I highly recommend this book for anyone interested in finance. If prompted, choose Run or Save, then follow the rest of the prompts to complete the update. And we see how an obscure idea from quantum theory might soon be used to create a far more accurate Consumer Price Index. Please review the types of cookies we use below. I particularly liked the treatment of the simplifying assumptions found in models.
Anything related to successful modeling or predictions are always awe inspiring to me and I eagerly long to be one of those success stories by stumbling into the hidden pattern in the data. Were the physicists really at fault? A better review is worth putting up. He deals straightforwardly with the problem of just how predictable we should expect prices to be. You don't have to be a physicist to catch all the author wants us to understand. Towards the end is a desperate plea not to strip physics away from Wall Street. Models-whether in science or finance-have limitations; they break down under certain conditions. Ed Thorp and Fisher Black used math tools in day-to-day trading.
A chapter near the end of the book introduces gauge theory without doing a very thorough job of telling what the implications are, or of how this could be used to make money, or predict a market--which all of the other chapters and methods do. Equations turn books to depleted uranium on the shelves, but a few equations would have been nice. People glom onto opinions, especially after a major stock-market collapse, and everyone has opinions to offer. The problem that Weatherall glossed over, is that academics haven't exactly been able to predict the unpredictable. I do remember making note of works cited in the footnotes and bibliography, since the primary sources seemed like they would be more meaty, satisfying, and interesting. He holds graduate degrees from Harvard, the Stevens Institute of Technology, and the University of California, Irvine, where is presently an assistant professor of logic and philosophy of science.
It was a catastrophic misuse of science. Second, he is extremely overly enamored with the idea of the use of physics in financial markets. However, what made him lose one more star was his epilogue. A book which reveals the people and ideas on the cusp of a new era in finance. The Physics of Wall Street: A Brief History of Predicting the Unpredictable by James Owen Weatherall was an interesting exploration of the history of probability, economics, and physics and how scholars in all those fields have crossed discipline lines and collaborated to understand and predict economic forces.
It was a catastrophic misuse of science. It should definitely have another title: Physicists of Wall Street. And, as a side note, if you have ever heard the Hedge Fund named Renaissance mentioned in hushed and reverent tones the close of the book should inspire you to read further. Weatherall, the difference between those two situations is obvious. Similarly, Black of Black-Scholes became so celebrated because at the time, the powers that be were looking to start a derivatives market, and the end of the Bretton Woods system created floating exchange rates that would led to an explosion of currency derivatives. The book is an interesting exploration of both the financial ideas that physicists brought to wall street Weatherall does a good job of explaining the ideas in non-technical A fun, readable history of the influence of physics on finance. We see a geophysicist use a model designed for earthquakes to predict a massive stock market crash.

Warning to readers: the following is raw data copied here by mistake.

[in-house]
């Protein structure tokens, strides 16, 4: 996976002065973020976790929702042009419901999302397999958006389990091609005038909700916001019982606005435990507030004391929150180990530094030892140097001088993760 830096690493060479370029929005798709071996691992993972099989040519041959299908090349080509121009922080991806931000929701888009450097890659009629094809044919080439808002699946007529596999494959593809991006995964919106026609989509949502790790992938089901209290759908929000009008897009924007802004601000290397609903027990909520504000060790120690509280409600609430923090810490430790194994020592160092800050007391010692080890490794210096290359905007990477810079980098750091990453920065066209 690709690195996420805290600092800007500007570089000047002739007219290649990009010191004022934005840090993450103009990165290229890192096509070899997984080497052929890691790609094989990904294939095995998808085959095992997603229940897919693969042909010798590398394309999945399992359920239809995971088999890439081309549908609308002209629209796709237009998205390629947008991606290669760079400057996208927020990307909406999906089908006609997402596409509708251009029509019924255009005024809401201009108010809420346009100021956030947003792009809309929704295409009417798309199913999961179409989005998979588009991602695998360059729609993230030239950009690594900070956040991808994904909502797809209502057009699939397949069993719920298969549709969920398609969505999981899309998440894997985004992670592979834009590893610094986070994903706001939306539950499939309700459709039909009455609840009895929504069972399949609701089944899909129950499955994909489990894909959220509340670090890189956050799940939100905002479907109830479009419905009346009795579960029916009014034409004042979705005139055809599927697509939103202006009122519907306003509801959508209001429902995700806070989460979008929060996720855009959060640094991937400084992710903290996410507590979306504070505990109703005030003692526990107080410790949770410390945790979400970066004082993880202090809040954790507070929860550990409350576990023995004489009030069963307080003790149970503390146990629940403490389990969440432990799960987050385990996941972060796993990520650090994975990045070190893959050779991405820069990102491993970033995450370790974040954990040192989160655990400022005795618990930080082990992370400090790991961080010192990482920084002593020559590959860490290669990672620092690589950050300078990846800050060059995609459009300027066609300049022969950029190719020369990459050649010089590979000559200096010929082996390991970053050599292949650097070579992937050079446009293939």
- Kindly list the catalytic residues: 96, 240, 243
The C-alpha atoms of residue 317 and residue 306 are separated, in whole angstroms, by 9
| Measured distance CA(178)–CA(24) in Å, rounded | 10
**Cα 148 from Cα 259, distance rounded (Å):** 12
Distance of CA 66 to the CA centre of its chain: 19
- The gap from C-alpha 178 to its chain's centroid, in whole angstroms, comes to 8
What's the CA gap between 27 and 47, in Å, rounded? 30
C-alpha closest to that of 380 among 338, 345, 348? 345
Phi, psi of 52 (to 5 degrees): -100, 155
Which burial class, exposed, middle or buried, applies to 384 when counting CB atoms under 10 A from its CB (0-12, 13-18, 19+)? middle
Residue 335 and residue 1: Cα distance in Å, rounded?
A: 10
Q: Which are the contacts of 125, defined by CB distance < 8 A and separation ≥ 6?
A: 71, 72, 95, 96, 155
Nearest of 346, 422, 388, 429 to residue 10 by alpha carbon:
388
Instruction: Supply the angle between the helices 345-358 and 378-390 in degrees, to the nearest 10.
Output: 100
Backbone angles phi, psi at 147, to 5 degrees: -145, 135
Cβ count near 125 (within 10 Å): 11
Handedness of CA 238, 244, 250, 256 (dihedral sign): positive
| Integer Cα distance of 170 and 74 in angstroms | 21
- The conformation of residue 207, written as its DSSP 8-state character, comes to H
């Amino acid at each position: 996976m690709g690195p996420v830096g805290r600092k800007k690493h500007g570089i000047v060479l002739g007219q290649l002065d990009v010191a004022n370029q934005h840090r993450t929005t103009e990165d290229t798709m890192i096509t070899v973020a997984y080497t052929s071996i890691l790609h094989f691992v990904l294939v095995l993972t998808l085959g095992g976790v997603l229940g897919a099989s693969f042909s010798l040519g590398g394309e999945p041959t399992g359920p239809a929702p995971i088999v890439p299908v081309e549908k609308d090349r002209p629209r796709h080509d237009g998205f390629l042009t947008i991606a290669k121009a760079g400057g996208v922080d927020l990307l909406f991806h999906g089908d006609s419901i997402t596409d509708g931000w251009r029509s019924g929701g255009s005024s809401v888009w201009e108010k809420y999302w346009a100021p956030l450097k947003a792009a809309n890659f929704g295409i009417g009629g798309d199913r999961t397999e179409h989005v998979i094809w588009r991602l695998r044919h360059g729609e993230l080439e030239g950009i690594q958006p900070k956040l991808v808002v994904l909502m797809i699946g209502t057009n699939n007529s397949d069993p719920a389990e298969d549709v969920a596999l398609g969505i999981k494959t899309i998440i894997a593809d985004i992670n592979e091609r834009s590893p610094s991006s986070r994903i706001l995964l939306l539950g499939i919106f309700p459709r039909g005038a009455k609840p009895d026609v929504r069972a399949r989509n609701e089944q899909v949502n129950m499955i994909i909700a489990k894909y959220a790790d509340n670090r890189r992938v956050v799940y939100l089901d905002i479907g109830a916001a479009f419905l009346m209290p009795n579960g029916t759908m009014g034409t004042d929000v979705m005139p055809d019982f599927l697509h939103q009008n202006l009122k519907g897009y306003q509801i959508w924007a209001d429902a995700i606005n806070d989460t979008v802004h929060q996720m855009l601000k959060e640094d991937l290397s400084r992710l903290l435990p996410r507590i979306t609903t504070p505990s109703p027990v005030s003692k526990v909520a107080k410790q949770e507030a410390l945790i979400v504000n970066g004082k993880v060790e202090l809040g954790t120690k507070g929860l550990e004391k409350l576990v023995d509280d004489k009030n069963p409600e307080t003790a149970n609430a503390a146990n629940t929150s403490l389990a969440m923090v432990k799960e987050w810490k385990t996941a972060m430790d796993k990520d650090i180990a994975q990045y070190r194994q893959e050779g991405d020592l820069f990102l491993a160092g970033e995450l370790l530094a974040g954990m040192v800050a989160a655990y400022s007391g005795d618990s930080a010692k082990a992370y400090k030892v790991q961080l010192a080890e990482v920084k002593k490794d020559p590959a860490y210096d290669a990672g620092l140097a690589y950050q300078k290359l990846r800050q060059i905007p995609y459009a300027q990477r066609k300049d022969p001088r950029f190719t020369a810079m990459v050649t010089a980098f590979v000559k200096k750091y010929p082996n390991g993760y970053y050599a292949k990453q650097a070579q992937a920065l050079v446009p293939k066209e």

He talks about randomness a lot, but he seems to be thinking of it as if it were statistical mechanics, where exact predictions can nevertheless be made. Weatherall makes the good point that, financial academia properly set aside Mandelbrot's discovery and used the simplifying assumption that returns were normally distributed in order to build more knowledge. A model, meanwhile, is a kind of simplified picture of how a physical process or system works. Ergo must the target audience be physicists that are looking for a historical overview of the influence of physics on to economics. I thoroughly enjoyed this brief history of predicting the unpredictable. Weatherall reveals the people and ideas on the cusp of a new era in finance.
Both persuasive and accessible, The Physics of Wall Street is riveting history that will change how we think about our economic future. He has written for Slate and Scientific American. The section on a Louis Bachelier, whose pioneering work was largely ignored by his peers, was particularly fascinating. The solution, however, is not to give up on models; it's to make them better. But even more, it was a failure of some very sophisticated financial institutions to think like physicists.
His narrative follows a logical path, and does not take big diversions along the way. Osborne recognized that it was not prices, but returns that were normally distributed, implying a log-normal price distribution. Sometimes, the assumptions and limitations of these tools are ignored, with dire consequences. It was said that this might best have an impact on public policy. He does a very good job of popularizing the science involved.
There is a surprisingly deep connection between physics and quantitative economics--and we A great primer or history of the mathematics of finance, and the interplay between theory and empirical results. Weatherall reveals the people and ideas on the cusp of a new era in finance. Now, many of the subjects of this book are not physics at all, but applied mathematics. Were the physicists really at fault? While many of the mathematicians and software engineers on Wall Street failed when their abstractions turned ugly in practice, a special breed of physicists has a much deeper history of revolutionizing finance. The solution, however, is not to give up on models; it's to make them better.